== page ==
Opening the Floodgates for the Water Industry
Massachusetts has historically fully embraced different sectors of the economy in order to rapidly expand employment and business opportunities in the state and beyond. One only needs to look to the health care and life science industry in the state to recognize the impact state-funded initiatives have on burgeoning industries. The next wave of innovation and entrepreneurship, at least according to many key policymakers in the state, will be found in the water industry.
It was only a little more than one year ago that the Massachusetts Executive Office of Energy and Environmental Affairs began its efforts to centralize the discussion on water technology and engineering by organizing the Symposium on Water Innovation in Massachusetts, an event that is likely to become an annual occurrence. The goal of the symposium was to bring business, academia and government to the table to discuss how Massachusetts can position itself as an international leader in the ever-expanding water industry. As a result of the event in 2012, organizers identified hundreds of companies and organizations in the water industry that were either based in Massachusetts or somehow contributed to the industry in the state. Once these entities were identified, it became evident that a commonality existed and a need arose to develop a water cluster in Massachusetts.
Fast forward to the present day when legislative leaders are poised to take the next step in encouraging the development of businesses and others involved in the water industry. It is expected that the legislature will consider legislation in Fall 2013 designed to pump funding into municipal and state projects, including wastewater and infrastructure needs. This initiative will likely be implemented in conjunction with the Massachusetts Clean Energy Center, a quasi-governmental agency that has prioritized the development of a Massachusetts-based water technology cluster.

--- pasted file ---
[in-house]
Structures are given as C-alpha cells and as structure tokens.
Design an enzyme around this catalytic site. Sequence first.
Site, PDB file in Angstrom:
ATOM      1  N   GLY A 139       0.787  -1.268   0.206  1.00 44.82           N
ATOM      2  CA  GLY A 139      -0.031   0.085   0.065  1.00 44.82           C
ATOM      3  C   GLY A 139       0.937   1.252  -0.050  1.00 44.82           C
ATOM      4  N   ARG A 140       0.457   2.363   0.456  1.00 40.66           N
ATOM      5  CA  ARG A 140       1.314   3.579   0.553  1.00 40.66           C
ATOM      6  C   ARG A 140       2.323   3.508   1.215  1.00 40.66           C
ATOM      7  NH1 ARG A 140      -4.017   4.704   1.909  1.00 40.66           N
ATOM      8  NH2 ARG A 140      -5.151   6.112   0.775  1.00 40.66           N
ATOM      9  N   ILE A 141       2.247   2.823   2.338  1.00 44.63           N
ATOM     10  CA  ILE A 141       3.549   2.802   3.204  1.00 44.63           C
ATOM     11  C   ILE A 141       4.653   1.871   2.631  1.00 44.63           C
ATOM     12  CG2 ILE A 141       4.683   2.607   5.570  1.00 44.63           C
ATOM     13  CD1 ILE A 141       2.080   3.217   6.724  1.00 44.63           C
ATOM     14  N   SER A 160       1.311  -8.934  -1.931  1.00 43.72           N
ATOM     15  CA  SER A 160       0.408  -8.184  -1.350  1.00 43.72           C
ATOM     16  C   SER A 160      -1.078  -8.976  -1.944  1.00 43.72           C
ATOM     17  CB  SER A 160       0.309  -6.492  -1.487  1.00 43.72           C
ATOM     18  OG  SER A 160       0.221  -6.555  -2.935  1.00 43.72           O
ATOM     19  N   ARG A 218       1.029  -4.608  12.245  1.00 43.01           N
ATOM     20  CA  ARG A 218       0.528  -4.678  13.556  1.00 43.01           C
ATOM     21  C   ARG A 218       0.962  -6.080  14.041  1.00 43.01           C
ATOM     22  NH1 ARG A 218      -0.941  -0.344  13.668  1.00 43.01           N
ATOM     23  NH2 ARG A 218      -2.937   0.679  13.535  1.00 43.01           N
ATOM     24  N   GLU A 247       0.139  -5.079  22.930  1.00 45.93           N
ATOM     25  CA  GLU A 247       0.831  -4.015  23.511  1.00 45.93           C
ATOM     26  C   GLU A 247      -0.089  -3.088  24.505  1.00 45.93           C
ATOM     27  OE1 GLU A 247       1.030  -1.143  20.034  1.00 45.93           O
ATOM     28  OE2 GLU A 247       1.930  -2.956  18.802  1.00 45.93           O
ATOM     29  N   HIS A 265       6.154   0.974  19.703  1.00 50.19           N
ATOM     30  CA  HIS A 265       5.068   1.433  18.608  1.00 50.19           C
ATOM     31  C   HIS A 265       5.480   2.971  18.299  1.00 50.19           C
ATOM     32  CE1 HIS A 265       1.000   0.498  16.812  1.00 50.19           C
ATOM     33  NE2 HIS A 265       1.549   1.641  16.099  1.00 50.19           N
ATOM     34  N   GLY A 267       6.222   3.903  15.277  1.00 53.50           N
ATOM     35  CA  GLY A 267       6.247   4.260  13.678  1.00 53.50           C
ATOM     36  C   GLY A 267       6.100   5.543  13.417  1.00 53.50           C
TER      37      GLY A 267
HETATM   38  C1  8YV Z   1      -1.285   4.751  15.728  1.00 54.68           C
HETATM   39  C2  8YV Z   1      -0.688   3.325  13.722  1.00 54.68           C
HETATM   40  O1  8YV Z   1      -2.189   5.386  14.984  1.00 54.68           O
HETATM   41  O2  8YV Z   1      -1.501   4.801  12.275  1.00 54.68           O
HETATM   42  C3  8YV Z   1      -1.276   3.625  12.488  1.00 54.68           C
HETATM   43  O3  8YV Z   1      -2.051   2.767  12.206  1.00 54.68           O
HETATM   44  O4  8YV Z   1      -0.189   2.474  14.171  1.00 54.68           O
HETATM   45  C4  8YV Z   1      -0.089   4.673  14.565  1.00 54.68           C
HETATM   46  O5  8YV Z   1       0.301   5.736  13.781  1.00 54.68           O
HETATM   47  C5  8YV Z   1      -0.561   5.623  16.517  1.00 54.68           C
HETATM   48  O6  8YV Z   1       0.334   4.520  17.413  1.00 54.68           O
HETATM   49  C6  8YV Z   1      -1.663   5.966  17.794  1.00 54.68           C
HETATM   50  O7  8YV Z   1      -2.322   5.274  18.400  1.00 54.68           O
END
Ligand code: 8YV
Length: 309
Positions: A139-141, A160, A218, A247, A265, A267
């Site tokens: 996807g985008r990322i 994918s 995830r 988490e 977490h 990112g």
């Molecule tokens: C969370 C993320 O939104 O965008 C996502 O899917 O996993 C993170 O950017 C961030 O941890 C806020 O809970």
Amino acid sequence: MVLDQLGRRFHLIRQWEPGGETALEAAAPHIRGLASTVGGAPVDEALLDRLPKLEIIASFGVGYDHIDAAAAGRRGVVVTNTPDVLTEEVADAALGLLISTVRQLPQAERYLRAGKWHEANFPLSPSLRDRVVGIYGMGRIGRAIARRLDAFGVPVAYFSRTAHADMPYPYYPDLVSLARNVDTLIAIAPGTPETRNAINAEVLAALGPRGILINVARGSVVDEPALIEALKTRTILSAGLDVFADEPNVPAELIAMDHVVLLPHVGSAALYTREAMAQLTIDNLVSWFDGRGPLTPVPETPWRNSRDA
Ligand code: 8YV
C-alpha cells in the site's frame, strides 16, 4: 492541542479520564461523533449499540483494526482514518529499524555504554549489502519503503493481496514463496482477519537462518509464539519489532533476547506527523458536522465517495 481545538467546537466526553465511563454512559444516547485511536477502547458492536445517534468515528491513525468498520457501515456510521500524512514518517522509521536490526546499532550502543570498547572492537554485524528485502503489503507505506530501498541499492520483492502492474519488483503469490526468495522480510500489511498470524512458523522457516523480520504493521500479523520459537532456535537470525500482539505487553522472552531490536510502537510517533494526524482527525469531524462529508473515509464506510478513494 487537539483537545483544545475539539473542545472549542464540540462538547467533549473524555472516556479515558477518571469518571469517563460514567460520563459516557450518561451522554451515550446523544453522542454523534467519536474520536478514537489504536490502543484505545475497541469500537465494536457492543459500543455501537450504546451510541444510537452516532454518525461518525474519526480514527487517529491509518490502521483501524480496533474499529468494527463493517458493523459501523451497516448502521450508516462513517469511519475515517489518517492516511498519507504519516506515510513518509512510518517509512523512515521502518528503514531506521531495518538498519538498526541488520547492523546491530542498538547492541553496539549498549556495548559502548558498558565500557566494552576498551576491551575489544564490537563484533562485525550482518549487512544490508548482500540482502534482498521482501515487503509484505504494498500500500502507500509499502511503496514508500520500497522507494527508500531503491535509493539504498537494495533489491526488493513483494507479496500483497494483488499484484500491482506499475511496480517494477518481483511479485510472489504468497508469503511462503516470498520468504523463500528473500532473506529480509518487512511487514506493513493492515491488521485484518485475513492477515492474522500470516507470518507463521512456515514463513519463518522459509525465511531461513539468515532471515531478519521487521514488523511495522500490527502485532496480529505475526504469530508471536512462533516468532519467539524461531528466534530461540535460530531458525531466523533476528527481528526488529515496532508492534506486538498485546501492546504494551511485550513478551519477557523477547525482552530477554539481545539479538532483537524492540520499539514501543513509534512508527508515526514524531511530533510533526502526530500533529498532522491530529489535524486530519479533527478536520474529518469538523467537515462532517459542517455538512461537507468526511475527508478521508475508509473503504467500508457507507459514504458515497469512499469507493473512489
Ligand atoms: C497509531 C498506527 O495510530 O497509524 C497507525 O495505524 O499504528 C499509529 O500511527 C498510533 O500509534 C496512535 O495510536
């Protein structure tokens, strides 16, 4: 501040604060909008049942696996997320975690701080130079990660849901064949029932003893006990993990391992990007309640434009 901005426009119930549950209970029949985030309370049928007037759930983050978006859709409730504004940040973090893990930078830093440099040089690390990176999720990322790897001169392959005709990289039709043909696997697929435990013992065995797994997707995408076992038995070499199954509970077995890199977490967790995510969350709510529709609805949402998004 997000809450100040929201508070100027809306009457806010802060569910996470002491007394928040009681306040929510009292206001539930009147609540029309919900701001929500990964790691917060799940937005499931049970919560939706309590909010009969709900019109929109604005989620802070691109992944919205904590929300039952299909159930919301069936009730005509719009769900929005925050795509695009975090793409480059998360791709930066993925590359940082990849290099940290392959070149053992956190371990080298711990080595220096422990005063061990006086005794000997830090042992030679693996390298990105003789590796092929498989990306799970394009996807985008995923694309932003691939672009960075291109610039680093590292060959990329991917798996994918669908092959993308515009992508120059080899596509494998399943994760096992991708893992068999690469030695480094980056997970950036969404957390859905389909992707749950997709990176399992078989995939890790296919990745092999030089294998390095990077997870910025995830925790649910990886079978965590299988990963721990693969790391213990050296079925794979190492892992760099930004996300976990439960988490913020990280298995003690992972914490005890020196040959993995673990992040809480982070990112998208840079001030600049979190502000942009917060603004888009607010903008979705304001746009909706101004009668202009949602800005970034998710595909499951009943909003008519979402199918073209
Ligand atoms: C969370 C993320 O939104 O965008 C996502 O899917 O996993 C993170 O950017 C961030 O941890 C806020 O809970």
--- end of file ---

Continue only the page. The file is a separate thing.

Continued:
Other states—like Colorado, North Carolina and Ohio—and countries around the world have taken steps to recognize the importance of the water industry by developing their own water clusters of environmental and economic activity. For instance, Ontario, Canada, established the Water Technology Acceleration Project to expand its water industry through public and private investment in infrastructure, technology, education and services.
Although it is somewhat unclear how Massachusetts will measure its success in developing a water cluster, there is no doubt that the state is ready to make a significant investment in water-related companies and projects. It will be crucial for water industry leaders to take advantage of the opportunities that will be presented through the bond legislation and, in particular, the estimated $2 billion in funds that may be authorized by this initiative.